Neil Young and Crazy Horse have been busy. After an almost ten year stretch of silence left fans in a state of withdrawal, the band has pushed out a pair of new concoctions in just one year, with the latest fix coming in the form of a Psychedelic Pill.
Where Americana was a good, but humble tribute album, Psychedelic Pill is a relative dose of extravagance. They haven’t brought in an orchestra or a hot young producer. Everything Neil Young and the Horse have to offer is laid out on the table here, in all of the intentionally under-produced glory of an amazing jam session you have been invited to sit in on. These songs are also all new, whereas the earlier record was made up entirely of covers.
Psychedelic Pill has been released as a double album, but don’t expect a sprawling collection of tracks. There are actually only eight songs here, but three of them are more than 15 minutes long and one almost hits the half-hour mark. This is the opening track no less, proving if nothing else that these guys aren’t afraid to alienate or weed out the nonbelievers.
The opening track is a 26-minute jam session, “Drifting Back”, which holds up to the fuzzy experimentation of the past forty-odd years. It’s a song to be repeated with a joint in one hand and a yearbook in the other. Young is all over the map here, as the music drifts in and out of consciousness and melancholy. He offers his opinions on things as disparate as modern hairstyles and the quality of digital music.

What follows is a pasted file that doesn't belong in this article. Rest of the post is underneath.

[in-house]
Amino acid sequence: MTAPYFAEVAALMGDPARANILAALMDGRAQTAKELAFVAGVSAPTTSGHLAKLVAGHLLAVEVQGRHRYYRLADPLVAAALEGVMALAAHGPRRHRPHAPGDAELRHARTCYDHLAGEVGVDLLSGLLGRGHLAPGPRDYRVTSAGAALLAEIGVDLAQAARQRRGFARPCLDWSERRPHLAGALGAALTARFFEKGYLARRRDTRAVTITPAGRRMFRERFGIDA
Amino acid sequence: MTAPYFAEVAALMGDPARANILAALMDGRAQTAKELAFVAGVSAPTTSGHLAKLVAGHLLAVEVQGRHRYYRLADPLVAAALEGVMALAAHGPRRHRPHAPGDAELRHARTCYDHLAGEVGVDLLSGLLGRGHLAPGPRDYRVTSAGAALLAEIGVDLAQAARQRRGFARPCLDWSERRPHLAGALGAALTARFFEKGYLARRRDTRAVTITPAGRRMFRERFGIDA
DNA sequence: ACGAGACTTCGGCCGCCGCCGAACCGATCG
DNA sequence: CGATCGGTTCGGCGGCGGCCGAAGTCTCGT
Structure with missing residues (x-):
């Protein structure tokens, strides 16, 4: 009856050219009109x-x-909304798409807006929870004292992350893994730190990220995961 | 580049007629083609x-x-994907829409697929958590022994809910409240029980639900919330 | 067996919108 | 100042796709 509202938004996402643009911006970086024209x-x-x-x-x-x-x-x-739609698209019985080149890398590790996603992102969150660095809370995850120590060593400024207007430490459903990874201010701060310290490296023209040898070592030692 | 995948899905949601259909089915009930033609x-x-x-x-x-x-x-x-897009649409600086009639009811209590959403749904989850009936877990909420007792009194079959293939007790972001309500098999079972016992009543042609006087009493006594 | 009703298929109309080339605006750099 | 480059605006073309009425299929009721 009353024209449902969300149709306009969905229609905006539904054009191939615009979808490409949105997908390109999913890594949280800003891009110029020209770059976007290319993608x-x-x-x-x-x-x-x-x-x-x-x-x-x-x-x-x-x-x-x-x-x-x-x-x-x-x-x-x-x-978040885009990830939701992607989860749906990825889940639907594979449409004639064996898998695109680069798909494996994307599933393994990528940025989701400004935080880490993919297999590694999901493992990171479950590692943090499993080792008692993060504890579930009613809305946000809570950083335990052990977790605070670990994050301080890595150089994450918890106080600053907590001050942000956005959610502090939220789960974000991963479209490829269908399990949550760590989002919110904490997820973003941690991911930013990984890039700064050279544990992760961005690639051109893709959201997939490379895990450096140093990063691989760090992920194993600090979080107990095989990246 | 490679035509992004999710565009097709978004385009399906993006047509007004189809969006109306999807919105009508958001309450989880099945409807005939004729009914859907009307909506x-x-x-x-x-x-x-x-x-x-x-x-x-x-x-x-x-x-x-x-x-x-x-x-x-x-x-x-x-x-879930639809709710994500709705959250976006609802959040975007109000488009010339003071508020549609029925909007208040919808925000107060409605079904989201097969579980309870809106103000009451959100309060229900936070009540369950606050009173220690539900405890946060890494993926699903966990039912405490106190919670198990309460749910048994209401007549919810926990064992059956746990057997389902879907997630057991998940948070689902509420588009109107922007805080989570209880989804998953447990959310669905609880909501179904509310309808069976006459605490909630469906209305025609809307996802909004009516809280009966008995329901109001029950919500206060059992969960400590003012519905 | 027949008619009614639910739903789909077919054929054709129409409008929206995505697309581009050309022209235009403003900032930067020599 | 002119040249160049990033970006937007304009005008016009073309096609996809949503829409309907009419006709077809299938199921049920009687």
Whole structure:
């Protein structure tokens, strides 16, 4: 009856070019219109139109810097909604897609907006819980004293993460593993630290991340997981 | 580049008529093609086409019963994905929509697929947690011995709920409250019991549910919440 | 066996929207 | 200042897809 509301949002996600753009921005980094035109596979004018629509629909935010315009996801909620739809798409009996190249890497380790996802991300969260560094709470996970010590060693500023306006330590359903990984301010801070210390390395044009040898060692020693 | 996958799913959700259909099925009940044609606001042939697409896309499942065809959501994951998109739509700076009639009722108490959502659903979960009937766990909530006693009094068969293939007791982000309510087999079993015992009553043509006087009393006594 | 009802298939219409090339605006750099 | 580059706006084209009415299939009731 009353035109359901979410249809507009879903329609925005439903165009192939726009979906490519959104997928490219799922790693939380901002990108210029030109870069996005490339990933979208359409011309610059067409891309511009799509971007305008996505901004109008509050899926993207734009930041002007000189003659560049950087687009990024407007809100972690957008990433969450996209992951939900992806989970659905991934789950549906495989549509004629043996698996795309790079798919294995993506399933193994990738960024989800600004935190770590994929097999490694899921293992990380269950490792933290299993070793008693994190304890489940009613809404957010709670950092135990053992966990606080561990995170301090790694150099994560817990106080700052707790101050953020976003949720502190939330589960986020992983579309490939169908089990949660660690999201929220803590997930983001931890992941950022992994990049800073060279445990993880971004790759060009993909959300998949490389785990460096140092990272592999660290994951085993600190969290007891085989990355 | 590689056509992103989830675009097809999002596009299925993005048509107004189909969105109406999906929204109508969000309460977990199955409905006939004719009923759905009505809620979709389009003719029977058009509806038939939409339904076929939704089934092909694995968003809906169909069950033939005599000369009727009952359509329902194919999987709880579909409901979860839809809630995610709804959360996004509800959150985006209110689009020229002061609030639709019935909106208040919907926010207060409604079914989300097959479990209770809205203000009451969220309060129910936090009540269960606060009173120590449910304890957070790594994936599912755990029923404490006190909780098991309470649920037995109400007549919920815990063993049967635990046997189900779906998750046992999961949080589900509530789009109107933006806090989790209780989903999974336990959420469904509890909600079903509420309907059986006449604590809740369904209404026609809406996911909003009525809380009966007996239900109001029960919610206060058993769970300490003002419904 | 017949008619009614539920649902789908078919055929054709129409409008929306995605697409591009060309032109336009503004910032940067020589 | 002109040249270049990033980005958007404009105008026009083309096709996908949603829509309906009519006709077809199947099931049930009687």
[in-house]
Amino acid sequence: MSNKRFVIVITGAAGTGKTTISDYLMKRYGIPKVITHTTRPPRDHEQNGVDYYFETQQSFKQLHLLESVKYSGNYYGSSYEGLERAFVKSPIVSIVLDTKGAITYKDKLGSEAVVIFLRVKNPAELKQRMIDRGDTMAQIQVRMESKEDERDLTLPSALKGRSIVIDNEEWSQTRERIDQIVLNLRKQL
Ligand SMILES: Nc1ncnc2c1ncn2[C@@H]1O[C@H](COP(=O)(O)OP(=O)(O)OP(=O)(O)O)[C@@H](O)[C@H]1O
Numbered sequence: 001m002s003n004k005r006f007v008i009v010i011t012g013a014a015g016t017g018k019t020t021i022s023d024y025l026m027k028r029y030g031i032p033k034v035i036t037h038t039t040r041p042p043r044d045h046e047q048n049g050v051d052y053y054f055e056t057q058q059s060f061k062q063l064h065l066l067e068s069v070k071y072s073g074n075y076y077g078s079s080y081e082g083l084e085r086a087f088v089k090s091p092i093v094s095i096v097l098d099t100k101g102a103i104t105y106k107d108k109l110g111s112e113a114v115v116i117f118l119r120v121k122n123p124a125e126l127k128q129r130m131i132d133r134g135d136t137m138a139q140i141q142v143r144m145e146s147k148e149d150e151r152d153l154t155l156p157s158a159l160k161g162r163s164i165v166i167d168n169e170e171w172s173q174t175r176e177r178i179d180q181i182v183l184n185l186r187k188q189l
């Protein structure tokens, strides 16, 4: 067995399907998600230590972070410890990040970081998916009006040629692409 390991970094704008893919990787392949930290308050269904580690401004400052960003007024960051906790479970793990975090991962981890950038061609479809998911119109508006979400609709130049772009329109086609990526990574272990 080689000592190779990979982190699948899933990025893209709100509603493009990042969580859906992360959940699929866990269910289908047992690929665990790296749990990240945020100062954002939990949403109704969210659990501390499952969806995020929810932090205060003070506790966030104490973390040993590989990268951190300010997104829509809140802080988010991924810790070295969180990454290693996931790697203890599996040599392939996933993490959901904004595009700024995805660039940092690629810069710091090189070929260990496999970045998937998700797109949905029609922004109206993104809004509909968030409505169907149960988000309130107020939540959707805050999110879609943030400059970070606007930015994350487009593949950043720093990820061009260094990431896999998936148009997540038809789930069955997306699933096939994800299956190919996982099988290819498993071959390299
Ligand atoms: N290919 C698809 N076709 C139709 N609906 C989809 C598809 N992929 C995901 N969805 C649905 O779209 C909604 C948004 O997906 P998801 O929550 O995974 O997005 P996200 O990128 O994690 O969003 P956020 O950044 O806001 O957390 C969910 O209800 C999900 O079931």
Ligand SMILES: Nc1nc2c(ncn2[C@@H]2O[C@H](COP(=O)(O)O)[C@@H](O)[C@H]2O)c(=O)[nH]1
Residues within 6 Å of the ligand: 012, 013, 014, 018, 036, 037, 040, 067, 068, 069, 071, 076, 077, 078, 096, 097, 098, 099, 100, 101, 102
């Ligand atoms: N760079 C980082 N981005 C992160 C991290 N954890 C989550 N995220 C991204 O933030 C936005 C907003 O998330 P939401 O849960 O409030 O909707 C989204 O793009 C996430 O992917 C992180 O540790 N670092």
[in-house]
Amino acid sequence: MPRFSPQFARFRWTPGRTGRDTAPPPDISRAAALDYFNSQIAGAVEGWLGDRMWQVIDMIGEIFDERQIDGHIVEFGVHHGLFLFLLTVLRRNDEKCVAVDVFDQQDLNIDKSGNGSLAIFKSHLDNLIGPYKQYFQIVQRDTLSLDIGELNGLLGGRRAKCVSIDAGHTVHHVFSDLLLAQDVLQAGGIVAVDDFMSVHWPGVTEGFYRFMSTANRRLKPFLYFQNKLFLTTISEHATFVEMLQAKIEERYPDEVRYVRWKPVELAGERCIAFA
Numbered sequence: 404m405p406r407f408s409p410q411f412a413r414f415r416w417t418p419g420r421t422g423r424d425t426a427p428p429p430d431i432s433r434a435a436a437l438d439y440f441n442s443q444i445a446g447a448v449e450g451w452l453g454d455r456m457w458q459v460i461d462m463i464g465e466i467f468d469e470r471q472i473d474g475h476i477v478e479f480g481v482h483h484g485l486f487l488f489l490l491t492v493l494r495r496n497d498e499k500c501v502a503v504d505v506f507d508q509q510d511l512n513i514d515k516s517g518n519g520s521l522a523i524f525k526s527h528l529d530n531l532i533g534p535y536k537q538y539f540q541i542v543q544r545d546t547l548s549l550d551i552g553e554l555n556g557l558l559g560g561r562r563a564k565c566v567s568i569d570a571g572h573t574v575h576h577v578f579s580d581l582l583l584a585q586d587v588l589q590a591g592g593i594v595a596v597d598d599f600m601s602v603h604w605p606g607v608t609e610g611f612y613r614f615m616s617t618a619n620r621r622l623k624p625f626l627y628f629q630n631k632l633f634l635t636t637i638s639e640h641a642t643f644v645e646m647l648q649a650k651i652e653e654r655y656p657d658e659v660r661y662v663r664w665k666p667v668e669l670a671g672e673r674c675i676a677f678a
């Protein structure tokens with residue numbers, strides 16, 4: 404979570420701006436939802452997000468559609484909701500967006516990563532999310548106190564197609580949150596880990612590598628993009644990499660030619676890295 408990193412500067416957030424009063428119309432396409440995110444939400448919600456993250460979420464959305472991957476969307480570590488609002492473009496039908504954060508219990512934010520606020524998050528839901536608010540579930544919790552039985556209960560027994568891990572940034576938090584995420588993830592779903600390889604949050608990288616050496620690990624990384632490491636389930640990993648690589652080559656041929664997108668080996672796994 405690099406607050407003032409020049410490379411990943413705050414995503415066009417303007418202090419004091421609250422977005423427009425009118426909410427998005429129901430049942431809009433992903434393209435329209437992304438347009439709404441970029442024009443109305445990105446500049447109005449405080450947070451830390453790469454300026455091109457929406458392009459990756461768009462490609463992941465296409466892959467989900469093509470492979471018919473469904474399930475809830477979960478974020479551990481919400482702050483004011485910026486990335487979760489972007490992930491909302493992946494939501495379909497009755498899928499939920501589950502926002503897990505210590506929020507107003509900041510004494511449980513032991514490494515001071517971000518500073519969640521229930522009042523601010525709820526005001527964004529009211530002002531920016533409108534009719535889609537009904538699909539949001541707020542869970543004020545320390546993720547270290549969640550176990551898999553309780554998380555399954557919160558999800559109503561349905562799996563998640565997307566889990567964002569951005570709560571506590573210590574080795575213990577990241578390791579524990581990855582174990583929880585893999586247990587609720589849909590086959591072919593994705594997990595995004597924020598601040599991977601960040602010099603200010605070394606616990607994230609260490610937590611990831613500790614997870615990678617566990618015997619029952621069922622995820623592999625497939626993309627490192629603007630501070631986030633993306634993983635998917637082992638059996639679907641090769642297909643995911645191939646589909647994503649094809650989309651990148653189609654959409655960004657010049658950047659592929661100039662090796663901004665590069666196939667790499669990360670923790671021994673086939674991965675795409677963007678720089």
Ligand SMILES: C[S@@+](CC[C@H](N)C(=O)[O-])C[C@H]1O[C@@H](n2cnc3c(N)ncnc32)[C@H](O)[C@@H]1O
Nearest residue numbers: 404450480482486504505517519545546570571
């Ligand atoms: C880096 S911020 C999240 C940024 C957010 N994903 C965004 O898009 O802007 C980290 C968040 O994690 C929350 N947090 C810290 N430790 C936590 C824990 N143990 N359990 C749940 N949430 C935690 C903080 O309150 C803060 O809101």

It’s a very nostalgic record, where Neil looks back on his life and on the music which inspired him. He fondly reflects on growing up in Ontario, as well as the first time he ever listened to “Like a Rolling Stone”, lamenting the lost opportunity of the 60s when he believes his generation could have changed the world. They start to sound like a bunch of old guys in these messages, but not their music. When one stops to think about it, the former point is probably proof that they are as young at heart as they ever were.
This is Neil Young in his purest form. It sounds like a real garage record with just the right mix of a strained vocal and feedback from the guitar, but all of it is carried by real melodies and riffs that please and elicit strong emotional responses. It sounds fantastic.
When the album’s 87 minutes are through, this is one of the best records Neil Young and Crazy Horse have ever put out. There is so much here to explore and get lost in that it should hold up to the test of time as admirably as any of their past work. More importantly, I believe it’s music that is relevant today and will appeal to a broad audience. You can probably expect to hear a lot of younger hipsters singing its praises for some time.
Release Date: November 13, 2012
Image Courtesy of Reprise